Tokyo Triumph: Israel Celebrates Best Olympic Games Ever

Israeli Gymnast
Tamas Kovacs/MTI via AP

Israel ended its Tokyo journey Sunday by celebrating its best Olympic Games ever with four medals, including two gold.

On Saturday Linoy Ashram won gold in the women’s rhythmic gymnastics. Last week, Israeli artistic gymnast Artem Dolgopyat scored Israel’s second ever gold medal in the men’s artistic gymnastics floor exercise competition.

A day earlier saw Israel winning two bronze medals in mixed judo and women’s taekwondo under 49 kg weight class.

Team Israel competes in the group all-around final of the Rhythmic Gymnastics event during Tokyo 2020 Olympic Games at Ariake Gymnastics centre in Tokyo, on August 8, 2021. (MARTIN BUREAU/AFP via Getty Images)

Before the Tokyo 2020 Olympics, Israel had won just four medals.

It sent 90 athletes to Tokyo, nearly double the record-breaking 47 it sent to Rio four years ago.

For the first time ever, and after decades of campaigning by the victims’ families, an official commemoration for the 11 Israelis murdered in a terrorist attack at the 1972 Munich Olympics was held during the opening ceremony.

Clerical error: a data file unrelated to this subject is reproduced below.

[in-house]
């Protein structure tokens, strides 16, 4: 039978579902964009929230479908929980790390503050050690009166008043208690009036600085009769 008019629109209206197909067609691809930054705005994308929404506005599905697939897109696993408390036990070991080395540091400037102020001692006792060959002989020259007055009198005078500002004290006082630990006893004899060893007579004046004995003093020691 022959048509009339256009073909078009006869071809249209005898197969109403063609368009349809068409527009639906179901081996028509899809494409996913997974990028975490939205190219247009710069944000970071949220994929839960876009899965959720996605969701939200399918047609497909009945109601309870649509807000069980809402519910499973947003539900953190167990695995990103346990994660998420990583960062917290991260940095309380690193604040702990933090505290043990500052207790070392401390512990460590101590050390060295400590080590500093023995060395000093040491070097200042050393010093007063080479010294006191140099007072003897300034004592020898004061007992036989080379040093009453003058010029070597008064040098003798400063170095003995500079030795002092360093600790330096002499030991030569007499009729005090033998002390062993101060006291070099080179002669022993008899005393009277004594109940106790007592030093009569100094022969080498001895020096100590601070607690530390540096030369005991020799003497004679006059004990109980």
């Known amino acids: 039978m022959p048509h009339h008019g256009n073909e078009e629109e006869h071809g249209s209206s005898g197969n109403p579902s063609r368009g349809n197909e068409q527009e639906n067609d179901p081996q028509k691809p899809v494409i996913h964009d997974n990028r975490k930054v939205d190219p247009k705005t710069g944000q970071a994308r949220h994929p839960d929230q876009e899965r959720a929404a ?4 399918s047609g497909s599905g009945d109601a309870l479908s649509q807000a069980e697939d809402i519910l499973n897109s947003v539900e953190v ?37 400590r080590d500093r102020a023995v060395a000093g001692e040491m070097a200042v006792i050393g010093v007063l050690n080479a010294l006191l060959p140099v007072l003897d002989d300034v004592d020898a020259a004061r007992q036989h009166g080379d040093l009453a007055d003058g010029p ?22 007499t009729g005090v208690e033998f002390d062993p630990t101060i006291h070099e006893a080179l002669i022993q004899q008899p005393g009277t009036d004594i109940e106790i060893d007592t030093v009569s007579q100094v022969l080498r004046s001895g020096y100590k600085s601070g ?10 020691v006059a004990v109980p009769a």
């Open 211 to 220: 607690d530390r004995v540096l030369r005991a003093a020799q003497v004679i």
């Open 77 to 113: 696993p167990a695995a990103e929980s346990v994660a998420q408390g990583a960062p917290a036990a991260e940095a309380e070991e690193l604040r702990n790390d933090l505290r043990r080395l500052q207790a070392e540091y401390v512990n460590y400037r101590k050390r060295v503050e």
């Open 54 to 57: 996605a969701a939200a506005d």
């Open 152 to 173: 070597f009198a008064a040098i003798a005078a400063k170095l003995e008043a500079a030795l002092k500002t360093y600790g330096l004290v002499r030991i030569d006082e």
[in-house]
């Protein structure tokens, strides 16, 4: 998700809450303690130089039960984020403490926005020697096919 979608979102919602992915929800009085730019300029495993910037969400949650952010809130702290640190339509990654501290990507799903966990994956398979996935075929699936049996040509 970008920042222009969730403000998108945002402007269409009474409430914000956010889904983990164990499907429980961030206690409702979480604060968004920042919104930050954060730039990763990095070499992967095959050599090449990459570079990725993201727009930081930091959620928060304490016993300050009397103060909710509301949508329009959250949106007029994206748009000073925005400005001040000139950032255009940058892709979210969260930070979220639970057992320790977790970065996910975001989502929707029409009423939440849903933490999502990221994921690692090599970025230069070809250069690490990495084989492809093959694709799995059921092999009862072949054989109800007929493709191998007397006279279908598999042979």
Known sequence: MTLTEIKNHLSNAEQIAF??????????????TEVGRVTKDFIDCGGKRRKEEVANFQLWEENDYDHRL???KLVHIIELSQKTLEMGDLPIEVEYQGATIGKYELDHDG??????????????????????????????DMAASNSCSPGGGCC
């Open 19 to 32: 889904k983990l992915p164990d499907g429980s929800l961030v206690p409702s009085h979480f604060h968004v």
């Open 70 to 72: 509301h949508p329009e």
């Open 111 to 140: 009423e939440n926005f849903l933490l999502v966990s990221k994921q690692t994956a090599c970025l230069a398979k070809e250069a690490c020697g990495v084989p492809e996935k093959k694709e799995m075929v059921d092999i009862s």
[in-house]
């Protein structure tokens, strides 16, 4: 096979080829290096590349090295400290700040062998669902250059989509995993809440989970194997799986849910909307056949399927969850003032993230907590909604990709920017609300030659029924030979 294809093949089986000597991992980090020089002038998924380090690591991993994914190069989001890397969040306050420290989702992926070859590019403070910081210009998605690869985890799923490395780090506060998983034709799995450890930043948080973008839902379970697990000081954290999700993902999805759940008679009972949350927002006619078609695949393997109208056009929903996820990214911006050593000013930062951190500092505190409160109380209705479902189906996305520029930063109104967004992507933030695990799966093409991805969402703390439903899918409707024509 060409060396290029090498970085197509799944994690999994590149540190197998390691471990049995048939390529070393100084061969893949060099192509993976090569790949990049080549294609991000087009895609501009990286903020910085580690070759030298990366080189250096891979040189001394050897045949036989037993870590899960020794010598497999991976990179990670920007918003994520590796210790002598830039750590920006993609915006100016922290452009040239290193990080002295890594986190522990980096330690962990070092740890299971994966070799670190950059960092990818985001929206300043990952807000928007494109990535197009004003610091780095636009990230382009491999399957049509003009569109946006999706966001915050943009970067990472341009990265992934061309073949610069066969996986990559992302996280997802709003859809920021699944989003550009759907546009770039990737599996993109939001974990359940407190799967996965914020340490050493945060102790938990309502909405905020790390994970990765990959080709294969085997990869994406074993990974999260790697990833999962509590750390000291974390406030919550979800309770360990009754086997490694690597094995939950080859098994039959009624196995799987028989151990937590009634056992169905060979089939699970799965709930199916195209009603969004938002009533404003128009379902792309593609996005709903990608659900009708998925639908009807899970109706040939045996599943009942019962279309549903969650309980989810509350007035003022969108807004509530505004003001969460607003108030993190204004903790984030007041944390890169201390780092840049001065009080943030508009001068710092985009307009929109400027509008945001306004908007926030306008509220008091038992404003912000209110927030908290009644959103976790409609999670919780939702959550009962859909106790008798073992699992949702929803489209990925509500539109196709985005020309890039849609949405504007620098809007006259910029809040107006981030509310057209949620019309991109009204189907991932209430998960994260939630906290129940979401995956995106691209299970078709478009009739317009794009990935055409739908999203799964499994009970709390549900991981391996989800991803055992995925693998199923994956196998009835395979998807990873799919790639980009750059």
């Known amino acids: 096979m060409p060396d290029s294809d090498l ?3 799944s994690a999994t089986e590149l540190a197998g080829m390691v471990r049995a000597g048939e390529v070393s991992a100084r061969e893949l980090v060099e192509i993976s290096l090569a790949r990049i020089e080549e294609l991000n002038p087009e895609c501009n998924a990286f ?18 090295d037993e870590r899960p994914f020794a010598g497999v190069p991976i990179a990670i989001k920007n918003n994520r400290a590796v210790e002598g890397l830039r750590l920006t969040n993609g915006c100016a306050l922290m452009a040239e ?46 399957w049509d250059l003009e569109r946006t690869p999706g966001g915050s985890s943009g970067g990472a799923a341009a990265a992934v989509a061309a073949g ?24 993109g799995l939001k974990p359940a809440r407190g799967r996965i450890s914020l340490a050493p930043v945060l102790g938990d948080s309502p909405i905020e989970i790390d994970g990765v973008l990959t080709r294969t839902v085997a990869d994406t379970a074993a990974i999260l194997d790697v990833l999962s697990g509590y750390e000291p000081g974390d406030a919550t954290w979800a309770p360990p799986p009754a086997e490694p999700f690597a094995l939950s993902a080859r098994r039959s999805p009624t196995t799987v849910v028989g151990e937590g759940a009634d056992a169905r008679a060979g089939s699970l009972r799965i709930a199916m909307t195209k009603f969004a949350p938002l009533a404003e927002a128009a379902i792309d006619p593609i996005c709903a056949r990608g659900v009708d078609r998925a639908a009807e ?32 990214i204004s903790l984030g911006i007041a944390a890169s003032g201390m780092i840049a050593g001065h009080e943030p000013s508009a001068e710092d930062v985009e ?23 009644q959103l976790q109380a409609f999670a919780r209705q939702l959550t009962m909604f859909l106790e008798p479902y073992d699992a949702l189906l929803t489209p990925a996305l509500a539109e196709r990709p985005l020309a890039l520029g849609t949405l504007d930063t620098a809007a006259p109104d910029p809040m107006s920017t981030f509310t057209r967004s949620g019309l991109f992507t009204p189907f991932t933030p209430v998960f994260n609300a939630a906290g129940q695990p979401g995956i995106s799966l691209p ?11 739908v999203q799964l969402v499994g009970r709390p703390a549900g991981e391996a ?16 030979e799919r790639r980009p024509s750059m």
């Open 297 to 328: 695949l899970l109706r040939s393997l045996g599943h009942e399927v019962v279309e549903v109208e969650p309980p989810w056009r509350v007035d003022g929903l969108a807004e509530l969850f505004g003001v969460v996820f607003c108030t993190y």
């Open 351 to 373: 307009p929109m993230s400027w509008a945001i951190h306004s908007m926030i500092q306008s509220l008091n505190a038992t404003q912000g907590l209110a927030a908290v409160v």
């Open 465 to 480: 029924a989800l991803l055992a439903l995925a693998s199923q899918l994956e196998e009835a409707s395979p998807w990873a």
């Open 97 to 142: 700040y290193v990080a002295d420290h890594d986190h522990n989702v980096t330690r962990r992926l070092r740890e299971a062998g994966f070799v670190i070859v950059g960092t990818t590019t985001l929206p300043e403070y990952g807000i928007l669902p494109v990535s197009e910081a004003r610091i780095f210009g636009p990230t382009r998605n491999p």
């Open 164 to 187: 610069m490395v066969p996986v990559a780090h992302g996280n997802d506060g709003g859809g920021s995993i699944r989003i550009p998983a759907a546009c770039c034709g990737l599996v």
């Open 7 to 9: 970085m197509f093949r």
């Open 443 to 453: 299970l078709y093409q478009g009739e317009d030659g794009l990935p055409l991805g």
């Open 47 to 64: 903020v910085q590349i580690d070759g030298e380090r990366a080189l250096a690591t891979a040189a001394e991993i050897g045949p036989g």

Iranian defector and judoka Saeid Mollaei dedicated his silver medal to Israel, and thanked the Jewish state for the “good energy.”

Israel’s Linoy Ashram (C) and Italy’s Lamont Marcell Jacobs (R) carry their national flags during the closing ceremony of the Tokyo 2020 Olympic Games, at the Olympic Stadium, in Tokyo, on August 8, 2021. (ADEK BERRY/AFP via Getty Images)

Mollaei left the Iranian team after his refusal to forfeit a match against Israeli judoka Sagi Muki in 2019. Soon after he was granted refugee status by Germany when he was forced to flee his birthplace.

He eventually received citizenship in Mongolia and competed on the country’s behalf in the final of the men’s judo 81-kilogram division.

“This medal is also dedicated to Israel and I hope the Israelis appreciate this achievement,” Mollaei said.

“I hope the Israelis are happy with this win,” Mollaei said, and added in Hebrew: “Todah (thank you).”

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